The budget problem is excessive government expenditures, not inadequate taxes. The Obama administration wants additional taxes because it wants to increase expenditures which is the policy recommended by the Keynesian economists consulted by it, a policy which is at odds with reality. Allowing the tax increases and cuts in government expenditures to take place would cause an economic downturn temporarily. But reducing government expenditures would stimulate an offsetting increase in private investment. We need to get back to the real work of producing more goods and services and creating jobs.

The Congressional Budget Office estimates that allowing the Bush tax cuts to expire and the cuts in discretionary spending to take place would reduce the expected 2013 budget deficit from $1 trillion to $641 billion. Shouldn’t taxpayers bear some of the burden of dealing with the mistakes of people they elected? The CBO predicts that GDP would decline -0.5 percent and unemployment would rise to 9.1 percent. We disagree because the CBO is not taking into account the stimulative effects on business investment of reducing the deficit.

Expanding the public sector as Keynesians recommend is a drag on the economy. It is the cause of the slow growth of the U.S. economy. A study by economics professor Valerie Raimey of the University of California at San Diego  has shown that increases in government spending (1) lower private spending; (2) lower unemployment; and (3) raise government employment but not private employment. That is exactly what has happened as a result to the Keynesian policies the administration has pursued. The U.S. needs increased private investment to put the millions of unemployed back to work.  There will be little private investment so long as government maintains  and increases  its wasteful expenditures. To make matters worse and to show his dishonesty in the recent negotiations between Speaker Boehner and himself, the President has requested an appropriation of hundreds of billions of dollars for a Keynesian “economic stimulus”.  He never intended to negotiate a cut in spending.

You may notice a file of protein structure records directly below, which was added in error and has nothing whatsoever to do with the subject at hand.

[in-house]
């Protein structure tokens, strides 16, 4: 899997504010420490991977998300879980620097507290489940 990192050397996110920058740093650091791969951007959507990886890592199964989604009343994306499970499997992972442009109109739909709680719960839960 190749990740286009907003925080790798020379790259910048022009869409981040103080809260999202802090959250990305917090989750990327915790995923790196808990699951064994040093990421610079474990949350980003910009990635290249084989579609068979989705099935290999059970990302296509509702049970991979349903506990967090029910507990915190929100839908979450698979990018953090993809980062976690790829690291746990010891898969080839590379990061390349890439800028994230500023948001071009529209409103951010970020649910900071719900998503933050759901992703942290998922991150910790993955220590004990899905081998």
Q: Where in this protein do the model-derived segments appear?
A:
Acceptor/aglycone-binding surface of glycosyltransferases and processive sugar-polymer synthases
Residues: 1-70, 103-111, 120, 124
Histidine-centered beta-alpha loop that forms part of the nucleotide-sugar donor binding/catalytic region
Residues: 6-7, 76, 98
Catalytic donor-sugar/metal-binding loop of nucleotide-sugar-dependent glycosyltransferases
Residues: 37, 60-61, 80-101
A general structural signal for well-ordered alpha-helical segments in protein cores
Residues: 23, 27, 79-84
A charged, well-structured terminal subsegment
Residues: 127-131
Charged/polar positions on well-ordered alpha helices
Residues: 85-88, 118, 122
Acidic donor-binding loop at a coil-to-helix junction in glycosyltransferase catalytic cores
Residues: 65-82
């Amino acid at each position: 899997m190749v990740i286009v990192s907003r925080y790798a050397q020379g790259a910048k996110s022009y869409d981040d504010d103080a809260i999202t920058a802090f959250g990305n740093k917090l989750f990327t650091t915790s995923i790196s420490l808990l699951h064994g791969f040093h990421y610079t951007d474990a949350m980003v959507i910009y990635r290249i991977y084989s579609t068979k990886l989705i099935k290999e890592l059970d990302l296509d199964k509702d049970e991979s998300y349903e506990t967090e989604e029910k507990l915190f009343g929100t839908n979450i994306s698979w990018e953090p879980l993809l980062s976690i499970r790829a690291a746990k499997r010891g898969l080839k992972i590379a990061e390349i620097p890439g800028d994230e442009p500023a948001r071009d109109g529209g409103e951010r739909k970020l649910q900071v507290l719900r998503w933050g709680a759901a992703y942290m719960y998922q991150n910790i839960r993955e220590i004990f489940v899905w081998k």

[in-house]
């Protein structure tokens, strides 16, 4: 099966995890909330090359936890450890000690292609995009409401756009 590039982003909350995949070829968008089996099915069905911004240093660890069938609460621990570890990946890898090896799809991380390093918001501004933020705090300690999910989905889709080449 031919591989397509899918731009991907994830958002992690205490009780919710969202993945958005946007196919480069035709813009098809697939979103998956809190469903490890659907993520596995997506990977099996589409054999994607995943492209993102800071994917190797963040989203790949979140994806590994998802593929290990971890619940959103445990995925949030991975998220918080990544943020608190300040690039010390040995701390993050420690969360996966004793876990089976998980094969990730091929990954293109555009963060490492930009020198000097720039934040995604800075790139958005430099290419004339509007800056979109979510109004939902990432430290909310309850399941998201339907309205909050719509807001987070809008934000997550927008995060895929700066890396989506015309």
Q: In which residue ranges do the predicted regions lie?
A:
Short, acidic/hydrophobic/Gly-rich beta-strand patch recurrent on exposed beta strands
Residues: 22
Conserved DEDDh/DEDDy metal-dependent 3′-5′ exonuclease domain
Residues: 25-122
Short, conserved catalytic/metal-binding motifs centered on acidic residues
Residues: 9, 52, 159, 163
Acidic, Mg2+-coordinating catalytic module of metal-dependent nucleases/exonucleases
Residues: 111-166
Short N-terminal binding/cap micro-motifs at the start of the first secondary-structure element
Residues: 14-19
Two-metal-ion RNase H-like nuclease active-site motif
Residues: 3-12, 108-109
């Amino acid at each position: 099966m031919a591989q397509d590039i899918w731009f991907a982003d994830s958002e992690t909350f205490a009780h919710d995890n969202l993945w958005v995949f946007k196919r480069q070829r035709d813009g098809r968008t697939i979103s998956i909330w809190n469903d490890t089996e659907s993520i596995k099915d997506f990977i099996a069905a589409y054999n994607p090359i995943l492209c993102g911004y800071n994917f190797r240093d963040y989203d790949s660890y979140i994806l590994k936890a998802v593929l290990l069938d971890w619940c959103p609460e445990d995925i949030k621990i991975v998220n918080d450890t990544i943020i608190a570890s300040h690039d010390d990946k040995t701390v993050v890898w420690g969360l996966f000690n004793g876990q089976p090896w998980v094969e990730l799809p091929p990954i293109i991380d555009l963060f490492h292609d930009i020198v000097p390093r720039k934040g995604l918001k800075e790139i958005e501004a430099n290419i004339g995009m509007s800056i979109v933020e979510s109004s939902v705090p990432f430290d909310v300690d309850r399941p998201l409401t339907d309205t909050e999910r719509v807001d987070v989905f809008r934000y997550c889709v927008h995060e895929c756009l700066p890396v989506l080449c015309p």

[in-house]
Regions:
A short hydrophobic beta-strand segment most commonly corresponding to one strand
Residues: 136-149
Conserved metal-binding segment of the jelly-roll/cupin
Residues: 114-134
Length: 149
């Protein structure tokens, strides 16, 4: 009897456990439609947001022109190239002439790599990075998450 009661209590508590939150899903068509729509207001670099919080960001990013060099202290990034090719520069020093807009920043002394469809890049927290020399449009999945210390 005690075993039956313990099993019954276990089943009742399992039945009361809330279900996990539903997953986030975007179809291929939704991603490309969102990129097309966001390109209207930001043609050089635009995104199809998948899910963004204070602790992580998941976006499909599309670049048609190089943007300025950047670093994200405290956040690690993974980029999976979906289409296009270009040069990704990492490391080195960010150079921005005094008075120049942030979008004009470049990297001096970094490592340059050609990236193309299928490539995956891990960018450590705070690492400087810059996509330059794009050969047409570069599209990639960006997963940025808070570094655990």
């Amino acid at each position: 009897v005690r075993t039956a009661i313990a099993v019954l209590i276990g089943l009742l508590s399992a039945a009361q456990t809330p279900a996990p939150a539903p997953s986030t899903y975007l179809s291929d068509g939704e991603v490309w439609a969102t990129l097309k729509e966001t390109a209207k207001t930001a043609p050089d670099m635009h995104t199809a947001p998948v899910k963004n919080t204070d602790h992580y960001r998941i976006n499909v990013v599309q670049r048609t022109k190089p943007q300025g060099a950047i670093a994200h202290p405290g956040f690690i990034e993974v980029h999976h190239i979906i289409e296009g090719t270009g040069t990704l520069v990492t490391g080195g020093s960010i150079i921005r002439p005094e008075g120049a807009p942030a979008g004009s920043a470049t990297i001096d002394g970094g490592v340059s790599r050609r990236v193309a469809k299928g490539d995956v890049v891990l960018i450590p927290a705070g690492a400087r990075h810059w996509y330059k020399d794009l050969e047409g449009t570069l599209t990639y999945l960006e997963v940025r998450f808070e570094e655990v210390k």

The Republican representatives who opposed the Republican Speaker’s “compromise” were right in their opposition to a tax increase whether it takes the form of an increase in rates on the very wealthy or limiting their deductions. Tax laws should apply to all taxpayers not to selected groups. But given the size of the public deficit, the across-the-board cuts barely make a dent. The urgency of reducing the federal deficit makes the restoration of the Bush tax cuts necessary

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  • [An] extensive argument for balanced trade, and a program to achieve balanced trade is presented in Trading Away Our Future, by Raymond Richman, Howard Richman and Jesse Richman. “A minimum standard for ensuring that trade does benefit all is that trade should be relatively in balance.” [Balanced Trade entry]

    Journal of Economic Literature:

  • [Trading Away Our Future] Examines the costs and benefits of U.S. trade and tax policies. Discusses why trade deficits matter; root of the trade deficit; the “ostrich” and “eagles” attitudes; how to balance trade; taxation of capital gains; the real estate tax; the corporate income tax; solving the low savings problem; how to protect one’s assets; and a program for a strong America....

    Atlantic Economic Journal:

  • In Trading Away Our Future   Richman ... advocates the immediate adoption of a set of public policy proposal designed to reduce the trade deficit and increase domestic savings.... the set of public policy proposals is a wake-up call... [February 17, 2009 review by T.H. Cate]